Book Image

Python Algorithmic Trading Cookbook

By : Pushpak Dagade
Book Image

Python Algorithmic Trading Cookbook

By: Pushpak Dagade

Overview of this book

If you want to find out how you can build a solid foundation in algorithmic trading using Python, this cookbook is here to help. Starting by setting up the Python environment for trading and connectivity with brokers, you’ll then learn the important aspects of financial markets. As you progress, you’ll learn to fetch financial instruments, query and calculate various types of candles and historical data, and finally, compute and plot technical indicators. Next, you’ll learn how to place various types of orders, such as regular, bracket, and cover orders, and understand their state transitions. Later chapters will cover backtesting, paper trading, and finally real trading for the algorithmic strategies that you've created. You’ll even understand how to automate trading and find the right strategy for making effective decisions that would otherwise be impossible for human traders. By the end of this book, you’ll be able to use Python libraries to conduct key tasks in the algorithmic trading ecosystem. Note: For demonstration, we're using Zerodha, an Indian Stock Market broker. If you're not an Indian resident, you won't be able to use Zerodha and therefore will not be able to test the examples directly. However, you can take inspiration from the book and apply the concepts across your preferred stock market broker of choice.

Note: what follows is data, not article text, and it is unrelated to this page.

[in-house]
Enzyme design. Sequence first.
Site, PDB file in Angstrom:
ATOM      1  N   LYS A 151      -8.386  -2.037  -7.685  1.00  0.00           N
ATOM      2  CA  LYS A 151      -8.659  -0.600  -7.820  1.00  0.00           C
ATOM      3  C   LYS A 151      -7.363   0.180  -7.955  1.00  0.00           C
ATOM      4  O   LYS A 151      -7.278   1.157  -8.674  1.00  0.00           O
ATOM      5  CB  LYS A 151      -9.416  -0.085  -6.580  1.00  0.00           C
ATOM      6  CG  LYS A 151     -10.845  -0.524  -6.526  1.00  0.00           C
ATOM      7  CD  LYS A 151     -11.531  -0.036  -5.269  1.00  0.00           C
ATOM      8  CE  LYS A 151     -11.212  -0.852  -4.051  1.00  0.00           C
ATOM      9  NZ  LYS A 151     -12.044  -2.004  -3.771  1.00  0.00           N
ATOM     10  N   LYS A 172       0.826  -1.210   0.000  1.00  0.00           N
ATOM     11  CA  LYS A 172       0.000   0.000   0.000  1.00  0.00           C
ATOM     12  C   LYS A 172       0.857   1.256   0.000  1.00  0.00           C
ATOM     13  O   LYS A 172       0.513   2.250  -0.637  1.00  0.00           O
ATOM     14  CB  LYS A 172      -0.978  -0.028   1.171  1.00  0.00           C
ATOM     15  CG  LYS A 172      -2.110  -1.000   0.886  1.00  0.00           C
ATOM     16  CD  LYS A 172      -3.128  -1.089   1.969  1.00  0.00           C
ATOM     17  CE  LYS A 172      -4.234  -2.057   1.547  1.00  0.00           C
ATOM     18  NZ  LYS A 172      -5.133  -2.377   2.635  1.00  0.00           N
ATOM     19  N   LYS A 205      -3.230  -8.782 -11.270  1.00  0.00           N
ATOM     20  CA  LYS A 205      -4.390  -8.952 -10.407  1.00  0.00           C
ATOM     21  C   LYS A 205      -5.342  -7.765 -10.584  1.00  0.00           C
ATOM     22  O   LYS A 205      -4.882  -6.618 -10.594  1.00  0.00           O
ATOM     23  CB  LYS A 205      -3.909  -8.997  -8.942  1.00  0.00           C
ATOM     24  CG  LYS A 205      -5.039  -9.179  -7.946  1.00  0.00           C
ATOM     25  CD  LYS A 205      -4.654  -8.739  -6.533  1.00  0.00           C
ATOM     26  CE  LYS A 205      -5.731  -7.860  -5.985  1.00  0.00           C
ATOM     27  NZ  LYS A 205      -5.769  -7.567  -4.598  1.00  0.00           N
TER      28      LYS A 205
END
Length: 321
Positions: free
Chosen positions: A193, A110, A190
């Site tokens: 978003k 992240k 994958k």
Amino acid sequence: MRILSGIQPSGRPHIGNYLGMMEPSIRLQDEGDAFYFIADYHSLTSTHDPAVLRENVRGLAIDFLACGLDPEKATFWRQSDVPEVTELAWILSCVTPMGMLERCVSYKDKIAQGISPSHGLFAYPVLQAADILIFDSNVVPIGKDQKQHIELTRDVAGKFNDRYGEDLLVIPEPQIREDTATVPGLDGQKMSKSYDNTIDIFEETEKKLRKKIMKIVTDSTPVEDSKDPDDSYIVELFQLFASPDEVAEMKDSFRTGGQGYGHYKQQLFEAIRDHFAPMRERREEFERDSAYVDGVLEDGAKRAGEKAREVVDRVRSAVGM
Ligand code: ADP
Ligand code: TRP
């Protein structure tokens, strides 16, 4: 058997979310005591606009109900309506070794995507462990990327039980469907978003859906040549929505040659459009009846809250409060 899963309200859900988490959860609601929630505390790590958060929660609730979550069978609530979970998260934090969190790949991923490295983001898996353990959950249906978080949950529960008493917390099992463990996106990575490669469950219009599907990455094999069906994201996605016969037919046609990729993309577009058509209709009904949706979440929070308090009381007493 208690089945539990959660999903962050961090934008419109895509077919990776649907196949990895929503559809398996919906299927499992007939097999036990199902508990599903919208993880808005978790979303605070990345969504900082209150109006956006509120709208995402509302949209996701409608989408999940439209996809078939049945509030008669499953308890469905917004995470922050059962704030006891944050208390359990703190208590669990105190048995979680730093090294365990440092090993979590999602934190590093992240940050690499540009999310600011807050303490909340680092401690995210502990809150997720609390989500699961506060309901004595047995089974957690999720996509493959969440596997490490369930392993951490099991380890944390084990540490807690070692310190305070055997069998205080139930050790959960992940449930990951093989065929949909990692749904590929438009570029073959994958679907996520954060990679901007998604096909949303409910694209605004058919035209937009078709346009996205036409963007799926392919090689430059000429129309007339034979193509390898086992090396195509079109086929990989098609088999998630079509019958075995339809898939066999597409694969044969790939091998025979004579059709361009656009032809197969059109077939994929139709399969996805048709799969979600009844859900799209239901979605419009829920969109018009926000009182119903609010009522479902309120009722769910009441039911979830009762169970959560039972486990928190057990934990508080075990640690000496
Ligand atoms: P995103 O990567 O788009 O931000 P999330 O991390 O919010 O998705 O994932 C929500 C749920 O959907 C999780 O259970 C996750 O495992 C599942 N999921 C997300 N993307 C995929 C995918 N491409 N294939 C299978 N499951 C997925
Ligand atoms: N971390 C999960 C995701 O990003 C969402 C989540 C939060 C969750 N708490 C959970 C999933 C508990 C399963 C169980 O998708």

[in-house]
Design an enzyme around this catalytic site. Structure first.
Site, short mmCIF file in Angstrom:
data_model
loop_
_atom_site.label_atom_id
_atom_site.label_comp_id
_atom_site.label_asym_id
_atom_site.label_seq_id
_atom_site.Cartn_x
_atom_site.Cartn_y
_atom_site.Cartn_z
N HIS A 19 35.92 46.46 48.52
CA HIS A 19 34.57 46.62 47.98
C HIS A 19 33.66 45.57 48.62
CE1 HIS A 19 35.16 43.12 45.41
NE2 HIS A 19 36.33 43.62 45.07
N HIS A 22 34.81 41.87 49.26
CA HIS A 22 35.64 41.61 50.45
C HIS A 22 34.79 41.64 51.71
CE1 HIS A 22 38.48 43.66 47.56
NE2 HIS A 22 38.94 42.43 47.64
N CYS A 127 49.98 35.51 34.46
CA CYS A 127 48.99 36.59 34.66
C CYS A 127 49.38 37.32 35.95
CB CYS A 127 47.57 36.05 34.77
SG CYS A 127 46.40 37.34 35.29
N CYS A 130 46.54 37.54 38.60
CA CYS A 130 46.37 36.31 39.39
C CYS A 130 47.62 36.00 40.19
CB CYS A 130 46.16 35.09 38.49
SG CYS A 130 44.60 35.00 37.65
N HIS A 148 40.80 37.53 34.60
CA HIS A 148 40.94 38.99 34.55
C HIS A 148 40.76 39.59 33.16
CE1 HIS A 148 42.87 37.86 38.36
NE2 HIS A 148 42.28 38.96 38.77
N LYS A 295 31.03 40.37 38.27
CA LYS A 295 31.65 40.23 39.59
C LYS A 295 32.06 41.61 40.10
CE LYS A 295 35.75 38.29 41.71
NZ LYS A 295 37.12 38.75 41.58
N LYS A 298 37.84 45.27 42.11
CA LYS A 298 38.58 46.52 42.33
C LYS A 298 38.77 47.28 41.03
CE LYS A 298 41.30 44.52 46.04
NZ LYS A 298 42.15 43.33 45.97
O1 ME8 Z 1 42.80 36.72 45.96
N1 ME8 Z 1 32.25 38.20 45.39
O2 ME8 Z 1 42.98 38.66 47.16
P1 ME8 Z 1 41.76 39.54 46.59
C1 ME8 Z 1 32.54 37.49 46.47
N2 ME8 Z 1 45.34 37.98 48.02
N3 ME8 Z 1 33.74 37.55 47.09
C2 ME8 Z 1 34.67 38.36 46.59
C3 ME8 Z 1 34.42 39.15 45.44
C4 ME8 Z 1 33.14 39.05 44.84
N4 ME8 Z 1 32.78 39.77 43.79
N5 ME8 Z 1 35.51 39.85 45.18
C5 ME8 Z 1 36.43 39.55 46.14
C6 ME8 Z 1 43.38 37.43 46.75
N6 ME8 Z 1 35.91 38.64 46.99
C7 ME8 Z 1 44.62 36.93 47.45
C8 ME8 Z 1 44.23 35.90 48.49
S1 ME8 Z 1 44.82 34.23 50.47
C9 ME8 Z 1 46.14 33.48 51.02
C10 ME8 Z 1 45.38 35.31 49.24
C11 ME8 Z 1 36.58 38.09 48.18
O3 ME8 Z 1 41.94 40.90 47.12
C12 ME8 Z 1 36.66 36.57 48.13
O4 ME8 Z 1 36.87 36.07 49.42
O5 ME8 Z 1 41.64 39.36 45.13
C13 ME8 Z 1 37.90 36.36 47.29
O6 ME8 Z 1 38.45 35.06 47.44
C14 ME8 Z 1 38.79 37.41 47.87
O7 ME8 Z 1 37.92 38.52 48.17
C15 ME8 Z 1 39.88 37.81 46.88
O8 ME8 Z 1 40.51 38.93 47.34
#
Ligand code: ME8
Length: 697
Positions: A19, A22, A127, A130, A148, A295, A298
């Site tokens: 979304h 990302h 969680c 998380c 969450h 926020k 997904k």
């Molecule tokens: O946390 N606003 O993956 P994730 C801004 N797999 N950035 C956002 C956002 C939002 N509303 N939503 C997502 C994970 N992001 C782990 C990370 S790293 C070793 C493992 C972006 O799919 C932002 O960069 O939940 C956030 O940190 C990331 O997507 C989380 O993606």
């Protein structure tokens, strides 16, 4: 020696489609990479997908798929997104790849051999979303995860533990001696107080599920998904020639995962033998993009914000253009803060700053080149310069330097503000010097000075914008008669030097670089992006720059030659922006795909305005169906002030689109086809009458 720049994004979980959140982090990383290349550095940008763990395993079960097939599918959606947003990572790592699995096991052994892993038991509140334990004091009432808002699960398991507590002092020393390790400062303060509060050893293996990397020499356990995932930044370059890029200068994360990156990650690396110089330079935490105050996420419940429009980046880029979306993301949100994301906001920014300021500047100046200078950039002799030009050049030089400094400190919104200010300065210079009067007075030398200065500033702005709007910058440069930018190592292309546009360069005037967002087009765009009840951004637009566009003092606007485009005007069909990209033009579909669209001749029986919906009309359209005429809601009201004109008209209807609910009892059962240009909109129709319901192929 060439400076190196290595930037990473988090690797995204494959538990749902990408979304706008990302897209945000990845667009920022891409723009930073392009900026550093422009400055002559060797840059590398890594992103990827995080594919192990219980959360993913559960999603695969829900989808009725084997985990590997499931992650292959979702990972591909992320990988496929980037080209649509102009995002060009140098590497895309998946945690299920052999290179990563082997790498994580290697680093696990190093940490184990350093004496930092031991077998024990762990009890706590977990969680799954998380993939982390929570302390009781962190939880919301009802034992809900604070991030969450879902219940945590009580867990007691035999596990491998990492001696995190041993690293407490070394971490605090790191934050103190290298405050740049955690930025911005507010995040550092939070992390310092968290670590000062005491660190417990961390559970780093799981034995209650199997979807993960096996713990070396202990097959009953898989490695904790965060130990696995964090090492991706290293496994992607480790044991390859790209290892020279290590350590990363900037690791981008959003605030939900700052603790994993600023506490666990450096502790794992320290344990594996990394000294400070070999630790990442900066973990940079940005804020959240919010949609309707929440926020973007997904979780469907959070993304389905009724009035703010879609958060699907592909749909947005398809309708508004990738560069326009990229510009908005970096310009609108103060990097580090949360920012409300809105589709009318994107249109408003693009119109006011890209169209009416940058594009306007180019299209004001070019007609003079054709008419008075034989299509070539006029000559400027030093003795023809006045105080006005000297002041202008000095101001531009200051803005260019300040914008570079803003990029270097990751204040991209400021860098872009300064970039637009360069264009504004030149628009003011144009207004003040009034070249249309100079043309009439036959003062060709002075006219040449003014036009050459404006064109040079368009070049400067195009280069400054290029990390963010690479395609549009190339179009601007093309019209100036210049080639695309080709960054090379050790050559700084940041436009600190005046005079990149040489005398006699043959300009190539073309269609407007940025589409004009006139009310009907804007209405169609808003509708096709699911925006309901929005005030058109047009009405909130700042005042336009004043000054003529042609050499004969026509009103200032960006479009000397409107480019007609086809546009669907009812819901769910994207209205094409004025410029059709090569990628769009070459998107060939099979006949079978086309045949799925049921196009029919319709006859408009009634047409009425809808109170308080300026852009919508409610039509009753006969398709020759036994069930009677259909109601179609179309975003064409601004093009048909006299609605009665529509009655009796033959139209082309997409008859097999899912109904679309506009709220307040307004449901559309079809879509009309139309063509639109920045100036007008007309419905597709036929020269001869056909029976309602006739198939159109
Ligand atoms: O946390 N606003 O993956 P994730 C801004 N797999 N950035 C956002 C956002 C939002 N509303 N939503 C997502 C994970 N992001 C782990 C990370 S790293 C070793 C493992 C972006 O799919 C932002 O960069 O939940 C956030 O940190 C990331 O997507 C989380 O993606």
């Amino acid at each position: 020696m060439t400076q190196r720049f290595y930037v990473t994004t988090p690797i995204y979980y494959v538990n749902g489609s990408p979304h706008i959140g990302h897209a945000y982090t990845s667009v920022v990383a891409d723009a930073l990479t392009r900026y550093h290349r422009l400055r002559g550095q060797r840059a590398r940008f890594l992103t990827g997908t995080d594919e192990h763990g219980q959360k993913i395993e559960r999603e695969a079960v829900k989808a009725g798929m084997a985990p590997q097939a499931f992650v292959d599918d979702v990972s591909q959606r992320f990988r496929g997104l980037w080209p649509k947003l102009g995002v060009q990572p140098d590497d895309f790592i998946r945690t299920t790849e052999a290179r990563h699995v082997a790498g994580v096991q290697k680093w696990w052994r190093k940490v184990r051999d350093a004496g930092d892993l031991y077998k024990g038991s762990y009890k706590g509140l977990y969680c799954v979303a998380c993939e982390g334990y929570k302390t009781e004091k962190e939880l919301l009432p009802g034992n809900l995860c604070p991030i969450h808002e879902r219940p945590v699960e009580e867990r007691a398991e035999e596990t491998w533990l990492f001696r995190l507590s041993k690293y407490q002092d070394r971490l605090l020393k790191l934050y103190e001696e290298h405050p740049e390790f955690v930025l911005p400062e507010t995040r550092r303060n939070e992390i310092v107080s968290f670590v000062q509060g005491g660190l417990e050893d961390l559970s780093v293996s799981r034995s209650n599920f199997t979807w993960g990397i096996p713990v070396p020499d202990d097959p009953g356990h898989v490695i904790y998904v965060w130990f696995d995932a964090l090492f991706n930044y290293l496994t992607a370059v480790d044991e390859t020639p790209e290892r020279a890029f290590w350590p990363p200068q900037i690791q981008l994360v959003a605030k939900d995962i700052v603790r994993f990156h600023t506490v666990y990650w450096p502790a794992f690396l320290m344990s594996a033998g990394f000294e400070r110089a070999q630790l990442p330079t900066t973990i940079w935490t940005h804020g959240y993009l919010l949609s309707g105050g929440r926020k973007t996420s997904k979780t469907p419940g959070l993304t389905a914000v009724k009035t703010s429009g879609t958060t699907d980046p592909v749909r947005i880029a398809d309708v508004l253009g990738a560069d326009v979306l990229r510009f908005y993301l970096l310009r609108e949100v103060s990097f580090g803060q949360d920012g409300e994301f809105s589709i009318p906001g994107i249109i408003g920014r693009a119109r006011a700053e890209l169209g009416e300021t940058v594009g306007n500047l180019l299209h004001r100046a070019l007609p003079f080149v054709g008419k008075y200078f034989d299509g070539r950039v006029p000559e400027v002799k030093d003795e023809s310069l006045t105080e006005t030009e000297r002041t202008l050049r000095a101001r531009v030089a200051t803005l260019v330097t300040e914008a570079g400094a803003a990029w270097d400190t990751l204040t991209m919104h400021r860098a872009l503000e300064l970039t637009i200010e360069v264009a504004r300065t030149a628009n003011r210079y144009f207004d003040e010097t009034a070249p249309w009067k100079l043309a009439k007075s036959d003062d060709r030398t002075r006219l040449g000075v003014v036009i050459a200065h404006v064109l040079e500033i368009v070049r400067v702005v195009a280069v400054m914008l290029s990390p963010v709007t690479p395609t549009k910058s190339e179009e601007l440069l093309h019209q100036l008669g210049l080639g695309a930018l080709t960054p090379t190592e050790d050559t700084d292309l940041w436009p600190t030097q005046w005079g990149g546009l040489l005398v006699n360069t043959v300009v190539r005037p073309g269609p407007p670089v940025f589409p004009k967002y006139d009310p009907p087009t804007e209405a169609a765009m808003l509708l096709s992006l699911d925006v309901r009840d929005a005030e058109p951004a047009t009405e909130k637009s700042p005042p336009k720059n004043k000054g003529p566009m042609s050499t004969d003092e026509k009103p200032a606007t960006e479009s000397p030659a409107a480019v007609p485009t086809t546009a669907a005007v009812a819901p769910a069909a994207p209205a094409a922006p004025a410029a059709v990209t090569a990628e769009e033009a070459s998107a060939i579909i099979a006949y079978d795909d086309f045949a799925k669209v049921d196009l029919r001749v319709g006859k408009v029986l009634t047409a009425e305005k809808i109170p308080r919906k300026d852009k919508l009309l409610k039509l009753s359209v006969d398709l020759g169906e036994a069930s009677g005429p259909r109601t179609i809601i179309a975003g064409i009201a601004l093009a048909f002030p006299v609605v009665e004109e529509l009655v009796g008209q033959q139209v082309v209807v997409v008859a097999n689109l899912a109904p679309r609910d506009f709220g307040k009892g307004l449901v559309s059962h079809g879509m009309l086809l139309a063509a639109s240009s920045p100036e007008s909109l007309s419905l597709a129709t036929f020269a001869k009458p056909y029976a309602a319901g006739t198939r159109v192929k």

Table of Contents (16 chapters)

DataFrame manipulation—renaming, rearranging, reversing, and slicing

After creating a DataFrame object, you can perform various operations on it. This recipe covers the following operations on DataFrame objects. Renaming a column, rearranging columns, reversing the DataFrame, and slicing the DataFrame to extract a row, column, and a subset of data.

Getting ready

Make sure the df object is available in your Python namespace. Refer to Creating a pandas.DataFrame object recipe of this chapter to set up this object.

How to do it…

Execute the following steps for this recipe:

  1. Rename the date column to timestamp for df. Print it:
>>> df.rename(columns={'date':'timestamp'}, inplace=True)
>>> df

We get the following output:

            timestamp    open    high     low   close volume
0 2019-11-13 09:00:00 71.8075 71.8450 71.7775 71.7925 219512
1 2019-11-13 09:15:00 71.7925 71.8000 71.7800 71.7925 59252
2 2019-11-13 09:30:00 71.7925 71.8125 71...